I cannot rave about this book enough. I lent it to my friends--each from different backgrounds and ages--and each connected deeply with this book.

The characters in Pierce's novel are utterly human, complete with both flaws and beauty. As someone who went through some eating struggles similar to Olivia's, her words and perspective rang true. Describing her surroundings in terms such as "sunken," "bloated," or "bird-like" was such an accurate way of depicting a anorexia-tainted perspective and rev
May 25, 2015 Shannon rated it it was ok
This is a decent book but it lacks something. I found myself skimming at times, especially later in the book, as it seemed that some long passages did nothing to further plot or character development. I think that she got some things right - the psychological part works, and the first tentative relationship with it's mixed emotions and unsteady footing is believable despite there being no resolution. I also enjoyed the dynamics of Mollie and Olivia's friendship, about how it deepens and we later ...more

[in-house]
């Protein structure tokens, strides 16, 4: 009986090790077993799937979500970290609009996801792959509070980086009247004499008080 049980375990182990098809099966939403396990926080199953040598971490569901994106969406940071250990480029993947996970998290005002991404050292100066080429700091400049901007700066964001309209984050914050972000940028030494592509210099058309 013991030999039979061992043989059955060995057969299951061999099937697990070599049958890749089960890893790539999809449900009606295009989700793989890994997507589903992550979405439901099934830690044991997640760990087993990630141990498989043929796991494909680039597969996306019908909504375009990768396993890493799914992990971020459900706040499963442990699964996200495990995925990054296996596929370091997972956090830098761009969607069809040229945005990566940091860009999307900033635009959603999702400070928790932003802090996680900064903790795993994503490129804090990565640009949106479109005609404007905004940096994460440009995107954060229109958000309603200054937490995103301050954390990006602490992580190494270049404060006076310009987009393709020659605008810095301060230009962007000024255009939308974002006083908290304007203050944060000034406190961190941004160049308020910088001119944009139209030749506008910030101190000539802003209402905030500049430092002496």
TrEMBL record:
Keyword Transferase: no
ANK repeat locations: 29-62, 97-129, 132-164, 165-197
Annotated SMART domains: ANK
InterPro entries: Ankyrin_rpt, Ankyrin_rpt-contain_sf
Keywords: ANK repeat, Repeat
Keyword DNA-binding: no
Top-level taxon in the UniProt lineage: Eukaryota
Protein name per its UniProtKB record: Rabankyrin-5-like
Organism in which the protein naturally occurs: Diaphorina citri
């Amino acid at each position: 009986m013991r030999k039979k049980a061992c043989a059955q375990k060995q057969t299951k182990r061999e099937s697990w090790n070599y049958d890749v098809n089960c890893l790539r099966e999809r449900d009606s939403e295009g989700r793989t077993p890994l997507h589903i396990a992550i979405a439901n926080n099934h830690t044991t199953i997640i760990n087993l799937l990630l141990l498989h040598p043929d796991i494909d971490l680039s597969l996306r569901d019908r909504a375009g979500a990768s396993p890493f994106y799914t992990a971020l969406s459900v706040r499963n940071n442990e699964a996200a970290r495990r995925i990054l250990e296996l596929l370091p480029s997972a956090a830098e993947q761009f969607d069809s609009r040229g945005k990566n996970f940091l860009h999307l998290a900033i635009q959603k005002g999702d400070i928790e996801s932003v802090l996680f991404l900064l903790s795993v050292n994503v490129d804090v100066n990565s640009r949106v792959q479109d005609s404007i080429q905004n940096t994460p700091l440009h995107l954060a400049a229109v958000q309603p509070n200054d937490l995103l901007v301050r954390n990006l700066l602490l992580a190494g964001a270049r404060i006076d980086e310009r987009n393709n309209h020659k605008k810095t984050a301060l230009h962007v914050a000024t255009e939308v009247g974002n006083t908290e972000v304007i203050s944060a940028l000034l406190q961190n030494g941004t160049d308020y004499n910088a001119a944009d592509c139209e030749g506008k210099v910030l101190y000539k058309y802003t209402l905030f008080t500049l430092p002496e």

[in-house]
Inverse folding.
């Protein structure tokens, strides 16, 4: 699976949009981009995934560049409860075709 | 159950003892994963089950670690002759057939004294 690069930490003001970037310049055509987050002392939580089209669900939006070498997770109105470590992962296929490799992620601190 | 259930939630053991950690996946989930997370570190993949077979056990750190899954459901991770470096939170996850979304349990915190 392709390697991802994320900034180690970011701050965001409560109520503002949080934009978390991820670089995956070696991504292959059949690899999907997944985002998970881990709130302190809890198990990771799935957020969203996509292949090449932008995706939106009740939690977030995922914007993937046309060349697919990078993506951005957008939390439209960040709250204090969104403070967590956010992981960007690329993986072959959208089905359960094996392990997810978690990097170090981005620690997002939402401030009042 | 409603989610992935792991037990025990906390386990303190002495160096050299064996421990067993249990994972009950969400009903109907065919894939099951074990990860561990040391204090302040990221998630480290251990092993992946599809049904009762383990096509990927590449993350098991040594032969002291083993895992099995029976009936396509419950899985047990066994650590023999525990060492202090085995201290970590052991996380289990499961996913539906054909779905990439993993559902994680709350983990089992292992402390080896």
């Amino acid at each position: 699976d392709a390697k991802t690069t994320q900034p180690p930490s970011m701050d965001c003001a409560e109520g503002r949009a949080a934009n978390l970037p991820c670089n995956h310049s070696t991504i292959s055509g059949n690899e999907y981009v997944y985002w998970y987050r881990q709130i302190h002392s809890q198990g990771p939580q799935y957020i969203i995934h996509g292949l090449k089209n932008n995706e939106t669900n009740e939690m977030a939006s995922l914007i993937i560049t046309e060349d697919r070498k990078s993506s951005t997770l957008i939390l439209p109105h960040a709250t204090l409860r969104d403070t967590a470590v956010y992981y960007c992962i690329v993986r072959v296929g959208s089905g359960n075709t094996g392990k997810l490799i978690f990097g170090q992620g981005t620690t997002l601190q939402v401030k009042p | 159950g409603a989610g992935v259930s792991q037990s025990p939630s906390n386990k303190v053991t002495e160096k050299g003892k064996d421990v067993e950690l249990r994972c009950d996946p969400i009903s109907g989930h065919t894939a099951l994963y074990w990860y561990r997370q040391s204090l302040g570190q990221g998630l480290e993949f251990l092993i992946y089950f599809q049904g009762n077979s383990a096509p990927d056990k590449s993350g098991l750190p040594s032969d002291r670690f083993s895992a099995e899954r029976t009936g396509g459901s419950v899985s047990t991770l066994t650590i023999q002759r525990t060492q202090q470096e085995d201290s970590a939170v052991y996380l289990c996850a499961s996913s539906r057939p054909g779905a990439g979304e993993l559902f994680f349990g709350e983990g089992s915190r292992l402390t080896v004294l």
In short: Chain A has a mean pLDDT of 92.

Sep 15, 2012 Anna rated it it was ok
This was a disappointment to say the least. I feel the author had some great ideas for a novel, but didn't allow them to fully flourish. For starters, the concept behind the plot, anorexia, is intriguing and carries a lot of weight. Unfortunately, it fell flat. I also think the character development could have drastically been improved. There were details in the book that I couldn't quite understand why they were included because they seemed unnecessary and disruptive to the flow of the book. I ...more
Nov 05, 2011 Jamie rated it it was ok  ·  review of another edition
Shelves: family, religion